Tuesday, March 9, 2010
I grew up hating fruit salad. The only kind my parents ever made was my great-grandmother Kunka's recipe, which was a conglomeration of fruits and marshmallows. While this might sound good in theory, it's especially bad in leftovers. But Kunka was the family Queen of Desserts, and made desserts and all kinds of sweets all the time.
I always knew that she was coming over because my parents would make her dreaded fruit salad. One day, when I was about five or so, I asked my cousin (who is one year older than I) in a very soft whisper, "Do you like Kunka's fruit salad? I think it's gross." She then got huffy and said, "Spice, just eat it!" and stormed out of the kitchen. Yes, we do still get along today.
But because of this, I didn't eat fruit salad for a very long time. It wasn't until I hit my 20s that I realized I didn't like fruit salad because the flavors all blend together too much. When it's eaten like that, you can't appreciate the flavor of each different kind of fruit.
About six months ago, my boyfriend Serrano and I were eating the nearby diner Harbor House Cafe, and when I asked my server for fruit instead of fries, she asked me what fruit I wanted. I found this surprisingly wonderful. I got oranges and strawberries and a few grapes. It was delicious.
So here are my tips on what I think makes a great fruit salad.
1. Only use the fruits you like. Even if you're cooking for other people, it's always best to make something that satisfies your taste buds. So don't waste time on the fruits other people like, or you won't enjoy it as much, not to mention you'll waste food by picking out the pieces you don't like.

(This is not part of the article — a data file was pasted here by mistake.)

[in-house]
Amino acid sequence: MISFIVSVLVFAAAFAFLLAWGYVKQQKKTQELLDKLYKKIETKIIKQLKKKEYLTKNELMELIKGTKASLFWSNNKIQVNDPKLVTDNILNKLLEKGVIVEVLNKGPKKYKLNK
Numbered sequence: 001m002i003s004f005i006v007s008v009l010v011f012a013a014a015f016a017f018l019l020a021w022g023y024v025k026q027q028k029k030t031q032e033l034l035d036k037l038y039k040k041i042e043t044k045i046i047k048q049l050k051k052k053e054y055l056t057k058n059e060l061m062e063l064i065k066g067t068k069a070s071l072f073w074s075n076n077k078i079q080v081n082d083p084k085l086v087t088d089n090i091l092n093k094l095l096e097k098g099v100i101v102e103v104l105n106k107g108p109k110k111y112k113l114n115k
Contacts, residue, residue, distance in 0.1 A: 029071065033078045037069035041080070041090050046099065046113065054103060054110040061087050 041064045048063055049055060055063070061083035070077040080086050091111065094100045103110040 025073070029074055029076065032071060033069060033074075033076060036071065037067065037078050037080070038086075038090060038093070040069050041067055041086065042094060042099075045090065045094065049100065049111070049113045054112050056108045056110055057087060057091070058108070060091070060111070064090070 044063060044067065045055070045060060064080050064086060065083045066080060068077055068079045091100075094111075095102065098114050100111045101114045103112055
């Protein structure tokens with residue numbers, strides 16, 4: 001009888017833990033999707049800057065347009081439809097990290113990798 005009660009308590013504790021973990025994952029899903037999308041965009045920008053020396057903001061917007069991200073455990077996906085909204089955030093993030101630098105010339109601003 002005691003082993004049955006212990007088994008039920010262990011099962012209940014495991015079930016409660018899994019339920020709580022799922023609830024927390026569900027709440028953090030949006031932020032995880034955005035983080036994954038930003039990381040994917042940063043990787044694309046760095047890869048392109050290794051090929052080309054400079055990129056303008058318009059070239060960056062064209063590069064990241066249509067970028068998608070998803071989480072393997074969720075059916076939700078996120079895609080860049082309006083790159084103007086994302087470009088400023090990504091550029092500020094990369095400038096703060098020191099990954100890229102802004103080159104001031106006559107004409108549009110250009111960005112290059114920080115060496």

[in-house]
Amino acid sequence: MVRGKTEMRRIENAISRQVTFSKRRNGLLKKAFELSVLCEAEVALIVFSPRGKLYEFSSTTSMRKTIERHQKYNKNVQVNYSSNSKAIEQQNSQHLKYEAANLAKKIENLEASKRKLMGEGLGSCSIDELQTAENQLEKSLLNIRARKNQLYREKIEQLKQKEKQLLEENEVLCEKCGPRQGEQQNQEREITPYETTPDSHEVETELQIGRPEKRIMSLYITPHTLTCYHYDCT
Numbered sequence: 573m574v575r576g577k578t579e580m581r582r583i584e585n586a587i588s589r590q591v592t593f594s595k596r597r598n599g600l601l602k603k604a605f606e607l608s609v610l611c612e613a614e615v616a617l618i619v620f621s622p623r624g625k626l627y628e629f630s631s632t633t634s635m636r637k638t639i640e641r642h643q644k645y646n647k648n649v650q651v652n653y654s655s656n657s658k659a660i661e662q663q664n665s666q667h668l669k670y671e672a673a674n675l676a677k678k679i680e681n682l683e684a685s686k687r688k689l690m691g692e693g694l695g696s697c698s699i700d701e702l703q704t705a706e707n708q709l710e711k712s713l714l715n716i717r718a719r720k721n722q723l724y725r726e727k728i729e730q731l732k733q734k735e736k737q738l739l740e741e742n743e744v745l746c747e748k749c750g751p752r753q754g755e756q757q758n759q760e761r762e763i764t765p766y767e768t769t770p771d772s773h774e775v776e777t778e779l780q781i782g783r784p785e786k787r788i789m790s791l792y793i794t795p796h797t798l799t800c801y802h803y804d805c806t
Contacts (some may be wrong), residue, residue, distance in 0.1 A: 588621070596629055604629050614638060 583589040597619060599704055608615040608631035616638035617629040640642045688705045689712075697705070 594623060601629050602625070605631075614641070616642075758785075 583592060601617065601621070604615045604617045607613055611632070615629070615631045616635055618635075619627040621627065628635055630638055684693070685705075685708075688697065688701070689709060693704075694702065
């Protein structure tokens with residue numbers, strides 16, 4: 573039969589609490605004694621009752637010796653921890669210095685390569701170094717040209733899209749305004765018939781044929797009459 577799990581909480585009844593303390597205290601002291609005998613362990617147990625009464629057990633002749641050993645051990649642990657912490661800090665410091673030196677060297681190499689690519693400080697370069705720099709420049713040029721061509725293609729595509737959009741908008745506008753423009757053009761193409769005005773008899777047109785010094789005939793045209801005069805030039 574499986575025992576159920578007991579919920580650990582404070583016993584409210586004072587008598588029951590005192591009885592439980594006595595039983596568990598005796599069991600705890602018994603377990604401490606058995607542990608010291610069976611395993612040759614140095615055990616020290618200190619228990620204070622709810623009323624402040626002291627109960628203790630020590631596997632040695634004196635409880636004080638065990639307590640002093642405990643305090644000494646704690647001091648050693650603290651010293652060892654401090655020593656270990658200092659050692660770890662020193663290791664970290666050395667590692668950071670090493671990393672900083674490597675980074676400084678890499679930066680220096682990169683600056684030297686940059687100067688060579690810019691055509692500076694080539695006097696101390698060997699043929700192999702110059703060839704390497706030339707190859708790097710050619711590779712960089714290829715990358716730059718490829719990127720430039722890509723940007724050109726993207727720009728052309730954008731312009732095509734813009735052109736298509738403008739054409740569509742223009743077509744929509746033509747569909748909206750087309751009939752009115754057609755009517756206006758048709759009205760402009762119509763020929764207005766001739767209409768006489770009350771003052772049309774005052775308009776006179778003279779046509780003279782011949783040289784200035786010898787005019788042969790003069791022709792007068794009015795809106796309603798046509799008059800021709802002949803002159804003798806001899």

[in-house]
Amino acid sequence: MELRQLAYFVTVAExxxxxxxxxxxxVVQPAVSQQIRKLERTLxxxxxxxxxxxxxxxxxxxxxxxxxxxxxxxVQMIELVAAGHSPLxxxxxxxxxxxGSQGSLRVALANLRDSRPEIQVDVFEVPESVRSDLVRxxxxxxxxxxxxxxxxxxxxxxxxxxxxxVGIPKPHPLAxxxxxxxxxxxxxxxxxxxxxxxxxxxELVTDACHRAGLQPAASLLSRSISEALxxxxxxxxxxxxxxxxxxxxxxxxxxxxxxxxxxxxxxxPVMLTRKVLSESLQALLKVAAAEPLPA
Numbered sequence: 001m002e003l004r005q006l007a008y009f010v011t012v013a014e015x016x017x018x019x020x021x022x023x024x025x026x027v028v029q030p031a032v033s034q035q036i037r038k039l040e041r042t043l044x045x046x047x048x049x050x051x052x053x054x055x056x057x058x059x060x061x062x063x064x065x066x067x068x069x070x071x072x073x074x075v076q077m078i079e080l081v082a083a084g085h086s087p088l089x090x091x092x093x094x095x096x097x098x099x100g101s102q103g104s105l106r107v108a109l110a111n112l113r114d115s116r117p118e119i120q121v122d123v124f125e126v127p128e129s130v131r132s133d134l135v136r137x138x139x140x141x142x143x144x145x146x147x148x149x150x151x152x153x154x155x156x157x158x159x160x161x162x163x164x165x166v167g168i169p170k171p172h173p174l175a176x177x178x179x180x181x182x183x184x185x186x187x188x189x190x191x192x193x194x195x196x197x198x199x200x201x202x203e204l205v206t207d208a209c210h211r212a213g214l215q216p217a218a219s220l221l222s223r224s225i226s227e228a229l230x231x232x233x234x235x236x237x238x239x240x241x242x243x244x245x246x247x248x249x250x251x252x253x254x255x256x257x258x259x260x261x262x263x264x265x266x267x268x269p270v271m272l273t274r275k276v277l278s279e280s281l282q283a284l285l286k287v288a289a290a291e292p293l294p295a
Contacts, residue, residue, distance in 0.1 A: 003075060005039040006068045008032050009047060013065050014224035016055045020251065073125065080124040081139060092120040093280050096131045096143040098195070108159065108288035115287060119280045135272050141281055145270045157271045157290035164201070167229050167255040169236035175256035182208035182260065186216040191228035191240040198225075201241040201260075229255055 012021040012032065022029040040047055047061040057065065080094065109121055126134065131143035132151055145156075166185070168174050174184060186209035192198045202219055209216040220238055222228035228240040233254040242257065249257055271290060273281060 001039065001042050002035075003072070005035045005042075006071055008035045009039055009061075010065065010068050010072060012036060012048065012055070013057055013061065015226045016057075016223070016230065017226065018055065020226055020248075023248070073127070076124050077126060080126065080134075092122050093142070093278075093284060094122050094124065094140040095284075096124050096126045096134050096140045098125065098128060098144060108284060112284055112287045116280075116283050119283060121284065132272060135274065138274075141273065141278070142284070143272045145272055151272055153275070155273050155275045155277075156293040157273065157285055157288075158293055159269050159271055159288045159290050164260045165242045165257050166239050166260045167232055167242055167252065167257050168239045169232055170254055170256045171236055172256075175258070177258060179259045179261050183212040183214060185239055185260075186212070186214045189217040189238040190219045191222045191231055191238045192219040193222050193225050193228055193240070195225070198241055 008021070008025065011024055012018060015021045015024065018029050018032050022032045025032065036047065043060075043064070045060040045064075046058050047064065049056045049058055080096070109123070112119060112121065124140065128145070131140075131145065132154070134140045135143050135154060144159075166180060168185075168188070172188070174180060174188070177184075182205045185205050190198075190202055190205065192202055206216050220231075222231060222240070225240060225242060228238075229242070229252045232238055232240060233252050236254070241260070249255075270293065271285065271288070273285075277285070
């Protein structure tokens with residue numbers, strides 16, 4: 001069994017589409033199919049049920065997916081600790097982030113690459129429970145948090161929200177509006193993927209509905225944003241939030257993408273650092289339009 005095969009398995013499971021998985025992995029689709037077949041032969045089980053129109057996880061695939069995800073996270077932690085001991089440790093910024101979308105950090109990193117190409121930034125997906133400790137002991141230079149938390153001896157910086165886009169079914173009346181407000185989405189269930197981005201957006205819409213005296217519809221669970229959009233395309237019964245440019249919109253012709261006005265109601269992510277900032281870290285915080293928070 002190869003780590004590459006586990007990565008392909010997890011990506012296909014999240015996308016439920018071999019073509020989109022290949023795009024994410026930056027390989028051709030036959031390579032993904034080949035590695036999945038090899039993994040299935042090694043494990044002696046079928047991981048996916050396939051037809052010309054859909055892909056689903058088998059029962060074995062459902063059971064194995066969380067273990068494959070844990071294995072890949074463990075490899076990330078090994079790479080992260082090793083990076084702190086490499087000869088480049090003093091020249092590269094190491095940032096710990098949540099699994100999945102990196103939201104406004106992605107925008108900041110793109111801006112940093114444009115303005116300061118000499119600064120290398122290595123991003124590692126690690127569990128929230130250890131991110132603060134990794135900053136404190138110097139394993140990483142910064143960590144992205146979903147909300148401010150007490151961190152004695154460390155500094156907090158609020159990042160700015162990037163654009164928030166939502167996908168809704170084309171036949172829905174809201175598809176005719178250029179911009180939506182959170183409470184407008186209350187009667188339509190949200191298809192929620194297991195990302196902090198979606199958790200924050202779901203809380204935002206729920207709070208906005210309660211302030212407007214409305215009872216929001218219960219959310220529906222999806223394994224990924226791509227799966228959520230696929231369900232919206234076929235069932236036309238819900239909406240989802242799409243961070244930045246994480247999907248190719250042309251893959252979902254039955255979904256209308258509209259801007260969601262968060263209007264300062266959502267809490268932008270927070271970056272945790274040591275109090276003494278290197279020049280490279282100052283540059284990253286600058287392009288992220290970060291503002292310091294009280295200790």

2. Only use what's in season. Most of the time we are able (especially here in So Cal) to get fruits that aren't in season, and that works if the fruit still tastes good. But it's best, if you can, to use fruits that are in season and are at their best.
3. Make your fruit salad last. If you're preparing food for a meal, or even for yourself, I recommend waiting until the last minute to make your fruit salad. This way, the fruit will taste the most fresh and the different flavors won't have time to bleed together. They'll remain distinct.
4. Consider the textures and flavors. The best fruit salad is one that has different textures and flavors that complement each other. The fruit salad I have pictured above is very, very simple but also taste good. The pineapple and banana have such different textures and flavors, but if you have a small bite of each together, it all blends deliciously. However, most also like color in their fruit salad, so one such as that could also include blueberries, strawberries, or raspberries.
5. Divide the fruit for storage. If you're like me and don't like the taste of fruit pieces that all taste the same, but you need to store your fruit, put it in different containers. This way it's still chopped up and ready to go, but has its own flavor. Also, if you always want to have pieces of fruit ready for salads or snacking, it's easiest to prepare it all after you buy it. After you get home from the store, wash, chop, and prepare the fruit, then put it in tupperware in the refrigerator. It may not keep as well, but then it's a handy and healthy snack.